Energy Supply: Power Lines are only necessary if there are more than three (3) spaces between buildings, five (5) at the Global Warming level. This means that if one builds with a grid system (3x3 or 4x4), one will probably never need Power Lines, except between the power supply and the nearest Residence. Energy plants, like Industry zones, should be segregated. I found it was best to keep all of my energy plants on the bottom (Lower-Right side) of the map, with my Industry Zone just above it, a few rows of Greenhouses above that, and then a Big Park buffer. This effectively kept all the pollution in one area. One should upgrade plants as soon as possible because pollution can become a serious problem. Wind Power did not seem very effective, but I may not have been devoted enough. Geothermal Plants, once they arrive, are best. That's all I can think of off the top of my head. If anyone has questions (and I'm around), I'll try to address them.

P.S. For some reason, this forum censored "salt water" when it was written as one word. How odd. Also, some or all of the above information may be incorrect. I apologize in advance for any mistakes.
7 years ago#4
Great info paraprotean. Regarding seaports, I have deduced that your seaport zone needs to be on the land, directly next to the sea. It must be 1X5 squares (or more), and they must be in a straight line (with each square touching the sea). Also, the water must extend (at least) 6 squares out from the land where you place the seaport.
Regarding the police and firefighters, your advice on 33X33 range is certainly correct for the early stages (and results in a total of 16 stations to cover the whole map), but I recently discovered that this range increases in later stages (and with higher upkeep), to the point of having 53X53 range in Global Warming age, so that one can manage with 4 stations for the entire map if upkeep is really high. (Well this does leave one line of no coverage at the edge or the centre, but this can be a path, and that seems to be fine.)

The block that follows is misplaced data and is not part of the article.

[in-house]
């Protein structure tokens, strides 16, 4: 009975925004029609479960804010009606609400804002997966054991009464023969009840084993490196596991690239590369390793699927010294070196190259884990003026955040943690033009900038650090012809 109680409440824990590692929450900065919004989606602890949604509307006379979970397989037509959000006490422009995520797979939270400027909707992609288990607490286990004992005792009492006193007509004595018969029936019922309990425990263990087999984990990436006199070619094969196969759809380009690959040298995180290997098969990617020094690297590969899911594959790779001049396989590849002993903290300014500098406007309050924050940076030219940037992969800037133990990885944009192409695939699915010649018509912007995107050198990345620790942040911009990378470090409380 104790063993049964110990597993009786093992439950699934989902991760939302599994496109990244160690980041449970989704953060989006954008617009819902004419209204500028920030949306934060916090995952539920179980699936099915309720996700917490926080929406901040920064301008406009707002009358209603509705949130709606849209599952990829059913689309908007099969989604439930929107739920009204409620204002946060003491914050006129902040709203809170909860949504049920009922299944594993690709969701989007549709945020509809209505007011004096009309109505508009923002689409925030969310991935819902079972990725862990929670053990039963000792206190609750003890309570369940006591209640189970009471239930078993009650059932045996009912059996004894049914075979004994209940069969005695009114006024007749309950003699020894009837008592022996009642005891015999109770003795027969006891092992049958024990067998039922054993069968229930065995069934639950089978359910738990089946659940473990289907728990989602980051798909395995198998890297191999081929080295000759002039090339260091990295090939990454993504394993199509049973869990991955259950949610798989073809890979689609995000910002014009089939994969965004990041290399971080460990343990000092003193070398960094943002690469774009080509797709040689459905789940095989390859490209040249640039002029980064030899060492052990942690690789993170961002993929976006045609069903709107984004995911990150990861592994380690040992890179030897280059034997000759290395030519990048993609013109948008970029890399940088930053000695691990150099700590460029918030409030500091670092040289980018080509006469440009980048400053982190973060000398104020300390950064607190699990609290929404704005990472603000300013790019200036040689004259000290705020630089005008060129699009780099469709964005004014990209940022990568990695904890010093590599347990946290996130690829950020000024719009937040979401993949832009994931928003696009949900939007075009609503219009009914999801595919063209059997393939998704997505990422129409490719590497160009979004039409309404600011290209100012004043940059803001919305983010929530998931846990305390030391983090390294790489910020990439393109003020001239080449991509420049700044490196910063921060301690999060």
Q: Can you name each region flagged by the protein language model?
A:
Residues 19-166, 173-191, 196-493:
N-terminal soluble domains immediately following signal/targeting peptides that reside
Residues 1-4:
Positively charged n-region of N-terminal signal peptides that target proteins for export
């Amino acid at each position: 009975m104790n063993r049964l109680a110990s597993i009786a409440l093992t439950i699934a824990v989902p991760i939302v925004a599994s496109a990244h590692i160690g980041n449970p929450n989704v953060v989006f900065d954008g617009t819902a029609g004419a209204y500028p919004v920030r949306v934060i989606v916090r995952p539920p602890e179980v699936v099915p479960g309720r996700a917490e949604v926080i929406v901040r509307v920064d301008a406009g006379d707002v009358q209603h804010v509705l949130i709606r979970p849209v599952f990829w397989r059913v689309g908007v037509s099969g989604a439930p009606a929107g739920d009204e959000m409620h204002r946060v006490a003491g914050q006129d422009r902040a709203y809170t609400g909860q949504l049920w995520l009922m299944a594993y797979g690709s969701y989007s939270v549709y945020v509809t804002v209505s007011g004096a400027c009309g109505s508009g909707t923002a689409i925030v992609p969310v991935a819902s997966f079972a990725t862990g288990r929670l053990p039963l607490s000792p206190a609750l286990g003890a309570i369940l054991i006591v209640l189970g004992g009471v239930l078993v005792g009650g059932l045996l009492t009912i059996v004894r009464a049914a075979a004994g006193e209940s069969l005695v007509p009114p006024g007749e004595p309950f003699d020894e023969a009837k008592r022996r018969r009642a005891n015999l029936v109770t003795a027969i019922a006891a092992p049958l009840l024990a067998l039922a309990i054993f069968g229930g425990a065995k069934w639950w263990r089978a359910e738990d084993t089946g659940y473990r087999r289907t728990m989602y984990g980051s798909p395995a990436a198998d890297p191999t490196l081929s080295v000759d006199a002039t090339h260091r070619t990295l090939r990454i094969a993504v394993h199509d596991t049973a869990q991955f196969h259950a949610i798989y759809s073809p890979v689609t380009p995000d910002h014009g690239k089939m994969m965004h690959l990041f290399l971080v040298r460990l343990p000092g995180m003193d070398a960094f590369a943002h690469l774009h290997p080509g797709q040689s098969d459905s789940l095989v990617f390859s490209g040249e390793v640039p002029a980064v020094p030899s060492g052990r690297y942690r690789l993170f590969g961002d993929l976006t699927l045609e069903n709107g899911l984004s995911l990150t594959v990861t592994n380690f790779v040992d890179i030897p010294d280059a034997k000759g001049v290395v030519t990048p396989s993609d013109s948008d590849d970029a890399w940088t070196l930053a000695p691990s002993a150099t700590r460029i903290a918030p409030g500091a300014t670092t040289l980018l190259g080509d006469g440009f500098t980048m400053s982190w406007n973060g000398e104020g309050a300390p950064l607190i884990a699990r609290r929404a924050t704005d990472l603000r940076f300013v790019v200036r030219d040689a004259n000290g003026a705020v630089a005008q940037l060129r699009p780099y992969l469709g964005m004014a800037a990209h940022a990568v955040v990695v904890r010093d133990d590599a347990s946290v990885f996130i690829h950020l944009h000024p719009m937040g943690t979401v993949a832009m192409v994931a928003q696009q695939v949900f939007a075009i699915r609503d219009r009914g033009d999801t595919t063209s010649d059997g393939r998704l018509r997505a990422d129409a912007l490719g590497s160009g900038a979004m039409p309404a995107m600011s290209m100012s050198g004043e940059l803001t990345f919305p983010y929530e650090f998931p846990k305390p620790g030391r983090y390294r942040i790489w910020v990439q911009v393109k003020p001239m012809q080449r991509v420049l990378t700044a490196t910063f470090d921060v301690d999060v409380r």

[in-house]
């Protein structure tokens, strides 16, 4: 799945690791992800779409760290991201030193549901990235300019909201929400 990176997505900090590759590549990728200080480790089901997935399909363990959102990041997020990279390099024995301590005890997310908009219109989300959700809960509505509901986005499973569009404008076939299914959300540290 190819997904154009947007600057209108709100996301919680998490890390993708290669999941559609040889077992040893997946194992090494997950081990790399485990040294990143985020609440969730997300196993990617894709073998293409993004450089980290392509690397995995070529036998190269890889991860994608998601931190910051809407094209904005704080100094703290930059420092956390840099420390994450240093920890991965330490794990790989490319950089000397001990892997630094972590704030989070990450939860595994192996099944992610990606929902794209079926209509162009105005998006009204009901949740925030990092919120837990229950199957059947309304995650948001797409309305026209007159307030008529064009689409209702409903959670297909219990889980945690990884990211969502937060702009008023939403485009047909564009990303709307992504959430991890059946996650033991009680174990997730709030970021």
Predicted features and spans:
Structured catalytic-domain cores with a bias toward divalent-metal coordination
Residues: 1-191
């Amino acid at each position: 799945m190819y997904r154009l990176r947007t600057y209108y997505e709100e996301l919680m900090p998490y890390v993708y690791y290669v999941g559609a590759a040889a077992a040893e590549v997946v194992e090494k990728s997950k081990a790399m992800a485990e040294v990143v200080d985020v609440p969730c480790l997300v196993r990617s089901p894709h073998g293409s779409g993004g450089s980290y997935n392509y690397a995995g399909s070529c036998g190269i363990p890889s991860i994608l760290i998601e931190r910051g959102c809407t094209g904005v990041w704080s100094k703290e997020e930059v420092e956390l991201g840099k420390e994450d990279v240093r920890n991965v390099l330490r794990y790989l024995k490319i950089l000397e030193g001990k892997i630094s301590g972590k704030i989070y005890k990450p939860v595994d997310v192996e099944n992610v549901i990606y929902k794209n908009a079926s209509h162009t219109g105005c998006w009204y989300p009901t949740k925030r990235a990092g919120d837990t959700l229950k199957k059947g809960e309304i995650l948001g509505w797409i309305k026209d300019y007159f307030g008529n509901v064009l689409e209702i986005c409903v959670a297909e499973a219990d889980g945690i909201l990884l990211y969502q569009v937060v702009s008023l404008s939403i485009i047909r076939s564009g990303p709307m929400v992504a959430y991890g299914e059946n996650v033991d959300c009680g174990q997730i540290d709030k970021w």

7 years ago#5
Oh and regarding the censorship issue, I wonder if this was due to the end of 'salt' and the beginning of 'water' forming a dirty word?!
7 years ago#6
P.S. For some reason, this forum censored "salt water" when it was written as one word. How odd.

From the Help Files:
In certain cases, some legitimate, inoffensive words may be inadvertently flagged due to constraints of the censoring system. In these cases, a user should still take steps to ensure that their message does not contain the disallowed word, and report the inadvertent flagging to a moderator or administrator.

Well funnily enough, I can post it. I guess it's on the whitelist.
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7 years ago#7
Water: Until Water Plants show up, supplying water is kind of a hassle. I'm not entirely sure what the Water Tower range is because at some point they started breaking down every thirty seconds so I started randomly installing them all over the place.

I guess that's from overuse of water plants.
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7 years ago#8
P.S. For some reason, this forum censored "salt water" when it was written as one word. How odd.

It's because t + wat is a censored word, for some reason. Although I don't even know what that is.
7 years ago#9
See, I can post saltwater.